At the start of this week results came out from Switzerland’s referendum on migration, revealing narrow backing for plans to impose a cap on migrants. The ‘Federal Popular Initiative Against Mass Immigration’, which was passed by 50.3% to 49.7%, represents the effective rejection of freedom of movement pacts negotiated between Switzerland and the EU. The initiative, which was put forward by the anti-immigrant, anti-Europe Swiss People’s Party, was not just opposed by those on the left but by figures across the Swiss the business community. In the aftermath of the vote economists at Credit Suisse wrote that Switzerland would pay “a high price” for its decision, and the Swiss Bankers Association sought to distance itself from the move. One financier told the Financial Times, “The Swiss are delusional to think they can just cherry pick what they want from the EU”.
The wider implications of Switzerland’s decision look to be severe. Despite being a non-EU country Switzerland has historically benefited from many of the trade perks enjoyed by EU member states. Indeed, UKIP and Eurosceptic Tories have pointed at Switzerland as a model of the type of country Britain could supposedly become if we left the EU. However, the result of Monday’s plebiscite has led the European Commission to re-examine Switzerland’s access to the European single market, with all treaties now up for negotiation. EC vice-president Viviane Reding pointed out on Monday that free trade and free movement were inextricable: “You take them all or you leave them all.”
Switzerland’s neighbours voiced similar warnings, with Laurent Fabius, the French foreign minister, calling the move “worrying” for a small country which “lives off the EU.” His German counterpart, Frank-Walter Steinmeier, said the country had “harmed itself,” and the Luxembourg government were also concerned for Switzerland’s economic prospects, with their foreign minister warning “there will be consequences”.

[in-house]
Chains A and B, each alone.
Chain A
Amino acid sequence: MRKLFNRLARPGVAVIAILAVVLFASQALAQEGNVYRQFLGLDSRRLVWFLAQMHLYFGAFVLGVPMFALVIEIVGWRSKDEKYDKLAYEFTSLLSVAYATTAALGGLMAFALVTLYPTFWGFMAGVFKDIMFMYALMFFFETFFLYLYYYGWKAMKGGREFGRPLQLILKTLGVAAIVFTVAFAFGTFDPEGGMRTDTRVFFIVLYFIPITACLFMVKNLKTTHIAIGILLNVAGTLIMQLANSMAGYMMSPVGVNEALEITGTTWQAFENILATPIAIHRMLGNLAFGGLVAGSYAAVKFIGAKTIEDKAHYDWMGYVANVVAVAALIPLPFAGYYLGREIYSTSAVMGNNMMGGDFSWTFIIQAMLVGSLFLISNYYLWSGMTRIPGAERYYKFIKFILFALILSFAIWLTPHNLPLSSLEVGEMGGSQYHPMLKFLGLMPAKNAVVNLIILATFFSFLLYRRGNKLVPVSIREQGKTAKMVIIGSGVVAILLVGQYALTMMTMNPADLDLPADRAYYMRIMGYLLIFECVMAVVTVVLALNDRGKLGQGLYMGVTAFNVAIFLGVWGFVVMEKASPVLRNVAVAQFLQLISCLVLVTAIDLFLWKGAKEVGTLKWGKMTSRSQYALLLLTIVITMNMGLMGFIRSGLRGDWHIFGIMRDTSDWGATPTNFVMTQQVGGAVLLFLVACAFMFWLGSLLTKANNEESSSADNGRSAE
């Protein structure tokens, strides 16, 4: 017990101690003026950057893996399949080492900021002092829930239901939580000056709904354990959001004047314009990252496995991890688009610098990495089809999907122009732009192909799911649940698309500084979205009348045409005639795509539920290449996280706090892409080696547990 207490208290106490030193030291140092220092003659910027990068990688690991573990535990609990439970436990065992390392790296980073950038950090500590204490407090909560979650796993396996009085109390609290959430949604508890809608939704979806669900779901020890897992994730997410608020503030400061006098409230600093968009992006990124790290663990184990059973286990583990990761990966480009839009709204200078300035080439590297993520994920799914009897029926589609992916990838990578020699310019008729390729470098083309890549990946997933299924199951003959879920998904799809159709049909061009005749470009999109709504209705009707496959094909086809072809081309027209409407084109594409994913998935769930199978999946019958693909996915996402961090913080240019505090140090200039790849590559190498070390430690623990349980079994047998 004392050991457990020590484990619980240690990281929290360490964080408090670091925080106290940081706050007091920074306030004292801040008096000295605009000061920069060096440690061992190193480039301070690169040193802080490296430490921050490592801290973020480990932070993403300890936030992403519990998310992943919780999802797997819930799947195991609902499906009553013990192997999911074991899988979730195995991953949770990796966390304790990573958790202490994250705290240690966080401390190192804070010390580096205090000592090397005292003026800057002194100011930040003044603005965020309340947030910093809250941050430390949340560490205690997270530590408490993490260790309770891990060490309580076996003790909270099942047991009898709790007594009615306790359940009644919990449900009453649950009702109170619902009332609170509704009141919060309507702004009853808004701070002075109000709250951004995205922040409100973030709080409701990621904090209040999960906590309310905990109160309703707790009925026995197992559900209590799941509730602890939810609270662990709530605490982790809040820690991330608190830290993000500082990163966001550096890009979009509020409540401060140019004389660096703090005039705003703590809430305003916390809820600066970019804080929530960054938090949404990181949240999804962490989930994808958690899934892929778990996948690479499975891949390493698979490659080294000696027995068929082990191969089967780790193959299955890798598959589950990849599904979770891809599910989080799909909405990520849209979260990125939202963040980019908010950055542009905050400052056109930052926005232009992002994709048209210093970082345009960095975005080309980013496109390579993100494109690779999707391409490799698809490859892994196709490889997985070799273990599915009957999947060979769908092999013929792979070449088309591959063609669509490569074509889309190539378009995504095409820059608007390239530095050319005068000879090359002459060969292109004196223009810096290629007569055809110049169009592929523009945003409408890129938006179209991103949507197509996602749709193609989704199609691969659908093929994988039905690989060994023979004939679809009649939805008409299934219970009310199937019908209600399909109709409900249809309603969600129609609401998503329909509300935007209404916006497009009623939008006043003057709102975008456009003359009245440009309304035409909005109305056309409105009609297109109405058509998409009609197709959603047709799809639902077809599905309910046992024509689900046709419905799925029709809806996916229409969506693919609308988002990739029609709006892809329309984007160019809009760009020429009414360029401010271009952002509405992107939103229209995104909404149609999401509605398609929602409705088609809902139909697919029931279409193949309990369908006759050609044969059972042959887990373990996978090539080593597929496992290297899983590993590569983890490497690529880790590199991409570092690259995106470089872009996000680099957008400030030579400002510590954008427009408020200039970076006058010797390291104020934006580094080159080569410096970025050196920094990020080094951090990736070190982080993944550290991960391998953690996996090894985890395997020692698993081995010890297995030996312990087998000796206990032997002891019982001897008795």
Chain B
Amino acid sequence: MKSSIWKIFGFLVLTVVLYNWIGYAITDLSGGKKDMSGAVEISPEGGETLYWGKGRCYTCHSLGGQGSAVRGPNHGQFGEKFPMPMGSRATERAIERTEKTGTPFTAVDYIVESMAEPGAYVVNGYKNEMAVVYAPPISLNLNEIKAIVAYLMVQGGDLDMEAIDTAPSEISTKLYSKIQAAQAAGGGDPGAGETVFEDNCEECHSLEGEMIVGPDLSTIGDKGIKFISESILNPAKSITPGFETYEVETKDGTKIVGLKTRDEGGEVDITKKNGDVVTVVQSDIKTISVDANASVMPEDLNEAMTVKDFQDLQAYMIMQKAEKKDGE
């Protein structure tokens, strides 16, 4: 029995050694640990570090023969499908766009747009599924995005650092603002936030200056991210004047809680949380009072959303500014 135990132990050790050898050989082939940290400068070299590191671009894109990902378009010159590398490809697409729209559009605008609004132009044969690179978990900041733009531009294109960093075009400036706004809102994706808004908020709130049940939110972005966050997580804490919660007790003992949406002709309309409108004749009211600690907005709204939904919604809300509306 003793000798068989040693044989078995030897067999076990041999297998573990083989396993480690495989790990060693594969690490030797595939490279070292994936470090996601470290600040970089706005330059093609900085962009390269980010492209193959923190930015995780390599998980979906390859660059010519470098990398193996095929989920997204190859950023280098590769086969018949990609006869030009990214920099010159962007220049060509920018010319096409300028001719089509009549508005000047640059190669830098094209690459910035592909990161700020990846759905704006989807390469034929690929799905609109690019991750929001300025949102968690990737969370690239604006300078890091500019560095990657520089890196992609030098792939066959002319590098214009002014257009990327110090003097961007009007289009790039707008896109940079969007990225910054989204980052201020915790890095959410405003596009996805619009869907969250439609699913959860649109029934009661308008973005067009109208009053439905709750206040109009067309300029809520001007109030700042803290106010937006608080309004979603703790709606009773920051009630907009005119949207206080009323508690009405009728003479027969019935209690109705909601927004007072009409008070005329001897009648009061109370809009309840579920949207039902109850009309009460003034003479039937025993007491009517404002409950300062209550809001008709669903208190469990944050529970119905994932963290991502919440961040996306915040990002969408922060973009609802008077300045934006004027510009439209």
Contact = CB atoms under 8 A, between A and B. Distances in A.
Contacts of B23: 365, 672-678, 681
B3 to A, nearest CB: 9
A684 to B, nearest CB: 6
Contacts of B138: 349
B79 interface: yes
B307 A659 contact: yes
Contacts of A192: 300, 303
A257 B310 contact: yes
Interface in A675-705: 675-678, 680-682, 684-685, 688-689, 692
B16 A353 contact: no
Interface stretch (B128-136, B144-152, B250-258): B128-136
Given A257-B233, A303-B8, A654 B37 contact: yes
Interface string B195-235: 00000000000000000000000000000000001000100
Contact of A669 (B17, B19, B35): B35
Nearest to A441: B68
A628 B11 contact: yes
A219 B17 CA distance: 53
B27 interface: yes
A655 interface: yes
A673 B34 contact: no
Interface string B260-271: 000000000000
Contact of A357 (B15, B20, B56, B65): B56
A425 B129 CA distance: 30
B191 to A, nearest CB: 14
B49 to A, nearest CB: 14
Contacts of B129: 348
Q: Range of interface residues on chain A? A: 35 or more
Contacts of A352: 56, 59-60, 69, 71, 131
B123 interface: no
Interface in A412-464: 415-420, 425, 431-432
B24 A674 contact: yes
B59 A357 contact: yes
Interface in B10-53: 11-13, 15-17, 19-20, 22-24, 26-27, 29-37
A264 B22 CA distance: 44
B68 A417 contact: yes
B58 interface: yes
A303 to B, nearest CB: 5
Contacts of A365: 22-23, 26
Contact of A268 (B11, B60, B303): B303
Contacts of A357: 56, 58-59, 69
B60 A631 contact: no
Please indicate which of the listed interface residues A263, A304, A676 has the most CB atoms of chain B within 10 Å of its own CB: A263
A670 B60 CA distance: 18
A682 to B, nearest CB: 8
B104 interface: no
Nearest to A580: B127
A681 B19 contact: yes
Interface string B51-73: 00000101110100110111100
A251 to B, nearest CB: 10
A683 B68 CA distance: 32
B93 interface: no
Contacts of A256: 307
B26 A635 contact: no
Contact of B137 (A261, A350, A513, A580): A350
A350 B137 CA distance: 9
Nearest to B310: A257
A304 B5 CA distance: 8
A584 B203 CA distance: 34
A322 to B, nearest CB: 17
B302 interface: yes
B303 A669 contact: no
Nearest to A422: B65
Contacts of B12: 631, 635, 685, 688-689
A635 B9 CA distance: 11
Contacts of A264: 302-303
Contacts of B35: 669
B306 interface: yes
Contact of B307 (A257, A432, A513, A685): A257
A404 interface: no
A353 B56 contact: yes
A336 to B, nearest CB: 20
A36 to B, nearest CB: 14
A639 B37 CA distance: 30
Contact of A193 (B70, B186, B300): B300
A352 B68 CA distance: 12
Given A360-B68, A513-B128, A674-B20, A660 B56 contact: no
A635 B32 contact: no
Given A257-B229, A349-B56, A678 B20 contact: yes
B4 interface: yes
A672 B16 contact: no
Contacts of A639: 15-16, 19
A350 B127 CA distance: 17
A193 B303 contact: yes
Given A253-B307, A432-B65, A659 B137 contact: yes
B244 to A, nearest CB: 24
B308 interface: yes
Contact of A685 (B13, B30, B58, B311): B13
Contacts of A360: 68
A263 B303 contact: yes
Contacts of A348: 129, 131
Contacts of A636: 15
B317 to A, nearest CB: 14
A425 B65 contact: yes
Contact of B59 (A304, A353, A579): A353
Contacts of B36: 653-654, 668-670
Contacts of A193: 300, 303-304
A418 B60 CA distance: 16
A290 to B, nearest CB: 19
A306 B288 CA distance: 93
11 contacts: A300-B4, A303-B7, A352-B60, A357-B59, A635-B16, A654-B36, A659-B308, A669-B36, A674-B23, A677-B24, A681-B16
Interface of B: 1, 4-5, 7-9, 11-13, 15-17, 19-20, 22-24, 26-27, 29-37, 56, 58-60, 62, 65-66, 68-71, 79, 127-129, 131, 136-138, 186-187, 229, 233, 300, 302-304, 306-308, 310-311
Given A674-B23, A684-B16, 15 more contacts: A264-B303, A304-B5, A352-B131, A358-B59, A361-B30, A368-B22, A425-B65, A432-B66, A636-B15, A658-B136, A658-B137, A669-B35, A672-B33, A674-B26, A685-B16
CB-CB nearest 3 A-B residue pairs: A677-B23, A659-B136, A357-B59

The response to the Swiss referendum shows the absurdity of the ‘pick ‘n’ choose’ approach to the EU advocated by many on Britain’s political right – especially those, including David Cameron, who plan to limit freedom of movement for migrants. Even Switzerland, a country which has over several hundred years been very successful at negotiating its relationship with the EU, will ultimately struggle to decide things entirely on its own terms.
Being part of Europe is ultimately about maturity. It requires certain sacrifices, but in return we get tremendous rewards. As the Swiss referendum looks set to demonstrate, you cannot shirk your responsibilities without jeopardising your privileges. The present UK government would do well to take note.
On Thursday, meanwhile, it was good to see Labour fend off UKIP at the Wythenshawe and Sale East by-election. The run-up to the vote was dominated by headlines about Nigel Farage’s attempts to woo “patriotic, working-class Labour voters”, and Labour frontbenchers including Douglas Alexander – who last week set up Labour’s “anti-Ukip” unit – worked with party members to expose the ‘purple peril’ in the constituency. In the end, despite an aggressive UKIP campaign, Labour extended their share of the vote, and it was the two coalition parties who suffered from UKIP’s poll bounce.
Although the outcome sent a strong signal that Labour can withstand UKIP pressure in Northern communities, the extremely low turnout was a source of concern. It is vital that politicians of all parties reconnect with the electorate, otherwise apathy will translate into votes for UKIP and other parties even further to the right.